With zombies being the hot topic in pop culture at the moment, you’d figure that it’d only be a matter of time before one of the innovators of zombie video games – Resident Evil – would step back into the spotlight and claim what’s theirs.
Resident Evil: Revelations (first released on Nintendo’s 3DS some months back) does no such thing – presenting a shambling, lifeless husk of a game that is nowhere near the quality of earlier entries in the series. It’s ugly, it’s bland and (perhaps it’s biggest crime) it makes killing zombies boring.
Revelations is intended to act as a bridge between the events of Resident Evil 4 and 5, which would explain why the plot feels very jammed together. It touches on some interesting elements that the series is known for, but more often than not just feels like a collection of devices to put Jill Valentine or Chris Redfield to move to the next thing, and progress the overly complicated, but ultimately bland, sinister storyline.
Although every now and then something might surprise you, the story never really gets going – which I’d suggest is sort of the curse of trying to cram an extra game into your timeline.
Joining these series mainstays are two new characters, both of which detract from any sense of credibility this title had. There’s chubby, generic Latino, Parker, who is far too good natured and borderline obese to be an elite member of a government agency. And then there’s Jessica, who manages to actively reinforce every negative stereotype of the portrayal of women in games – she’s sexualized to the point of absurdity, jealous and needy, and just generally unappealing to be around.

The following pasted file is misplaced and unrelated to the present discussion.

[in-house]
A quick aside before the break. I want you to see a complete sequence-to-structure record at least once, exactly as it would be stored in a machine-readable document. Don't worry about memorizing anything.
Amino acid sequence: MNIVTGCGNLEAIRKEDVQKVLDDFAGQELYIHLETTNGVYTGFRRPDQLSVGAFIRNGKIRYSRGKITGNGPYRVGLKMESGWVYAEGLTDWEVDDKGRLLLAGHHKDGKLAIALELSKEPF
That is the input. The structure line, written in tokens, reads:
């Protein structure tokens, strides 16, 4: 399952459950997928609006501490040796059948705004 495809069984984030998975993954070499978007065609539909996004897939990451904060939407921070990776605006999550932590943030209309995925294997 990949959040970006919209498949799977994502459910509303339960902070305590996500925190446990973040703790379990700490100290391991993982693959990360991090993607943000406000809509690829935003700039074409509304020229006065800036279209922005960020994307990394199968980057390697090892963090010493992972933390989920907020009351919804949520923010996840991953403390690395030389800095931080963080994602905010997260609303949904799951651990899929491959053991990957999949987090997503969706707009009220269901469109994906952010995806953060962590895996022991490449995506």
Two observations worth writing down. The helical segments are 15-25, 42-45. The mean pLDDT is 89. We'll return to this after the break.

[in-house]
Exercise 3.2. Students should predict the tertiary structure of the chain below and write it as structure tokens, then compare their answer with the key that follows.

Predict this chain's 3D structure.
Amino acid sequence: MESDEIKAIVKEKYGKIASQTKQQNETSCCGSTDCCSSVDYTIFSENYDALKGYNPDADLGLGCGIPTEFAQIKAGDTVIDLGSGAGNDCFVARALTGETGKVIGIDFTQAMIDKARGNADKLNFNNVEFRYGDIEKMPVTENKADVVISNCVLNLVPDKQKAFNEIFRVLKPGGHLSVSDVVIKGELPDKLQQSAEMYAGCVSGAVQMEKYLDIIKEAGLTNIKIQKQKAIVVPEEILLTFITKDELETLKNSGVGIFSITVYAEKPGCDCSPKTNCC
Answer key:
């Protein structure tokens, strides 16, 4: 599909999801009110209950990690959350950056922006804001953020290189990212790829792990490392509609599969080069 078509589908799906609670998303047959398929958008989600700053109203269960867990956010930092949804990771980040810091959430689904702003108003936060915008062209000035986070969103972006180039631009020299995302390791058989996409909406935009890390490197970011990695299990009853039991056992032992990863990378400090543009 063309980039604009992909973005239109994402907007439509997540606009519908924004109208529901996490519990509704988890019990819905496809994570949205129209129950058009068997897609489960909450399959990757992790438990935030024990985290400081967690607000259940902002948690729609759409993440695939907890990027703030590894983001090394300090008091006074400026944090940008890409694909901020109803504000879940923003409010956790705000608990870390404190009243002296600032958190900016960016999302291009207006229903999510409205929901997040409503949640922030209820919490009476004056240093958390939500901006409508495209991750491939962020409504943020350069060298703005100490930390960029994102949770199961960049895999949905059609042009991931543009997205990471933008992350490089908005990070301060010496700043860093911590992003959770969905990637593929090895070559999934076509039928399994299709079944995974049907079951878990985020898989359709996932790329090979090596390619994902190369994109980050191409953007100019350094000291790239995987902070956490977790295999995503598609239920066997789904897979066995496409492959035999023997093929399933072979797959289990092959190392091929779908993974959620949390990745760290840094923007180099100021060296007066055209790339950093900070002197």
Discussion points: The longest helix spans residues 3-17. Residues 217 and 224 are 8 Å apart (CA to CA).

If Resident Evil: Revelations needed any help to pull you out of the game world (which it doesn’t), Parker and Jessica would be all the back-up they could ever want.
The action itself unfolds like a very average Time Crisis clone you might find in an arcade – minus the satisfaction of actually holding a gun controller. Rarely are enemies interesting or challenging in any way, there doesn’t ever seem to be in direct impact from any of your gunshots, and sound effects are weak and dislocated from the action.
Firing a shotgun at close range seems to have the sound and impact of a BB-gun on your undead foes, they shrug it off in a way that often makes you question whether or not the bullet actually landed. There’s no indication that headshots or attacking weak points does anymore damage – you just fire your pea-shooter into the generally not bothered enemy until they keel over and melt.
The third-person camera clings a little bit too closely to whoever you happen to be playing as, so often you’ll find yourself mauled from behind seemingly out of nowhere – a perfectly apt mechanic for a zombie game, but only when done out of sudden fear, not incompetence on the part of the design team. It’s a working combat system, sure, but it’s by no means good, especially when this is a series that has had more than enough games to get it right.
But like I say, of the many, many sins RE:R is guilty of, the greatest is the fact that this game simply isn’t fun. The amount of time you spend wandering around environments scanning stuff with your scanning thing versus the amount of time you actually spend fighting zombies and actually being scared it pretty pathetic.
Unfortunately for Resident Evil, the bar on zombie games has been raised very high. This lacks the visceral action and moving plot of The Last of Us, and the immediate and intense connection of The Walking Dead games, as well as the mindless fun of the Dead Rising series.
If you’re a diehard fan of the Resident Evil series, you’ll probably want to give this game a bash just to flesh out the cannon a bit more, so you know absolutely everything that’s going on. And maybe you’ll enjoy it – everything in this game just barely works – it’s a perfect definition of what a passable game is.
But if you’re a general gamer looking for something you’ll really enjoy, there are countless better zombie games, third-person shooters and survival horrors out there that are a much better use of your time and money.